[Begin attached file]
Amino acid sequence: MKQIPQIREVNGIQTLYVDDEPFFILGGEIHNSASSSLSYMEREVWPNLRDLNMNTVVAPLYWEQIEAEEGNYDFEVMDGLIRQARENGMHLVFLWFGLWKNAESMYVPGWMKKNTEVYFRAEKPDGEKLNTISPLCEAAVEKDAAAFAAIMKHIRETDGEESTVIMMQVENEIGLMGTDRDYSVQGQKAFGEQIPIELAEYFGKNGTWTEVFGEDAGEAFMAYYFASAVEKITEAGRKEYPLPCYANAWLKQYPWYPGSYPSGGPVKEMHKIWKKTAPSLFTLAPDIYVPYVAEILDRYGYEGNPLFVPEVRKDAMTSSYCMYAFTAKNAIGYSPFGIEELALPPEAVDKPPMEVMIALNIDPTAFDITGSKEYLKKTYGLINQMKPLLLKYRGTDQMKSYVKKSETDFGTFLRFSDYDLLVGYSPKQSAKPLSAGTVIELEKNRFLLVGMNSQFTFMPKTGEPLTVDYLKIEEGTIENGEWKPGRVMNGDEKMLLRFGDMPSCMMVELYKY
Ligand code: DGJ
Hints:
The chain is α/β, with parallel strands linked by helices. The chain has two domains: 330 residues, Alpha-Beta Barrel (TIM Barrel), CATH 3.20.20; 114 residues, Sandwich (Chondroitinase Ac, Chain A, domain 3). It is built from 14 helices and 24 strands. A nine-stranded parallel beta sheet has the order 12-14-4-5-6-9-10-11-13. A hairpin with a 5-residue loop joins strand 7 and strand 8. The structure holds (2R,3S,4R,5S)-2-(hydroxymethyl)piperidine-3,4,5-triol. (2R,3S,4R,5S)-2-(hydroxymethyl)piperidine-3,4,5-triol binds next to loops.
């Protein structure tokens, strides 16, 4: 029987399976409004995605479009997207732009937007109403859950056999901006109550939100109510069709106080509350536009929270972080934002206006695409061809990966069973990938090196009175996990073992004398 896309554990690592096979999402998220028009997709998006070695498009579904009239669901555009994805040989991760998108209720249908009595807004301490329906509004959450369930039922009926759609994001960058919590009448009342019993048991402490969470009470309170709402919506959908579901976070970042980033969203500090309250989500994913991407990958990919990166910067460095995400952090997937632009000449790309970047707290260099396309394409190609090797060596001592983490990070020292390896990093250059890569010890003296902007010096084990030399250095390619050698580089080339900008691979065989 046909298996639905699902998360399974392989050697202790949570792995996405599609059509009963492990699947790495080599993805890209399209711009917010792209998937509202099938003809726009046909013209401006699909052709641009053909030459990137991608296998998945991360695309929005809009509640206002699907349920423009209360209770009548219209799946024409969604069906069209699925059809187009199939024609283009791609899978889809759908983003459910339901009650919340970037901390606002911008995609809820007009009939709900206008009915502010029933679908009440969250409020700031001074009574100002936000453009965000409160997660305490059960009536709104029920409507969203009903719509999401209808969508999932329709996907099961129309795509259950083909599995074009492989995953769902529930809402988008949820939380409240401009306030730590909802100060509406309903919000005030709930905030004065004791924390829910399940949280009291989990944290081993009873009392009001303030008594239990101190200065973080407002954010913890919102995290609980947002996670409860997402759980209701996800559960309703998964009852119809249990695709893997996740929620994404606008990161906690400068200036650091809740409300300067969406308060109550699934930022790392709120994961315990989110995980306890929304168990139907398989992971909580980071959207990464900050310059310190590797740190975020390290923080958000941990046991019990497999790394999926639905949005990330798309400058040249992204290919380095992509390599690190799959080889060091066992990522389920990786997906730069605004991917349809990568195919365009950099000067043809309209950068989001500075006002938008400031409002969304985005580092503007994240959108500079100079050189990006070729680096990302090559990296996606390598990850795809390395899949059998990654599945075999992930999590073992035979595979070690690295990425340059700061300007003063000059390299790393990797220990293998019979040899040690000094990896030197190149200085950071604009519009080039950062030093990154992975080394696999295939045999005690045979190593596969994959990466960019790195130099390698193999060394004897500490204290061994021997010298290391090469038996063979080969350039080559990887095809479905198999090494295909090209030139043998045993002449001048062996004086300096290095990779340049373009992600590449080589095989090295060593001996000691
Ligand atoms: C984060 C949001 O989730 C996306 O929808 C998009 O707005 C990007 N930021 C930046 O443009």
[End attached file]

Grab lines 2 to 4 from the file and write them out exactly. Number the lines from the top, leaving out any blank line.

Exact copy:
Ligand code: DGJ
Hints:
The chain is α/β, with parallel strands linked by helices. The chain has two domains: 330 residues, Alpha-Beta Barrel (TIM Barrel), CATH 3.20.20; 114 residues, Sandwich (Chondroitinase Ac, Chain A, domain 3). It is built from 14 helices and 24 strands. A nine-stranded parallel beta sheet has the order 12-14-4-5-6-9-10-11-13. A hairpin with a 5-residue loop joins strand 7 and strand 8. The structure holds (2R,3S,4R,5S)-2-(hydroxymethyl)piperidine-3,4,5-triol. (2R,3S,4R,5S)-2-(hydroxymethyl)piperidine-3,4,5-triol binds next to loops.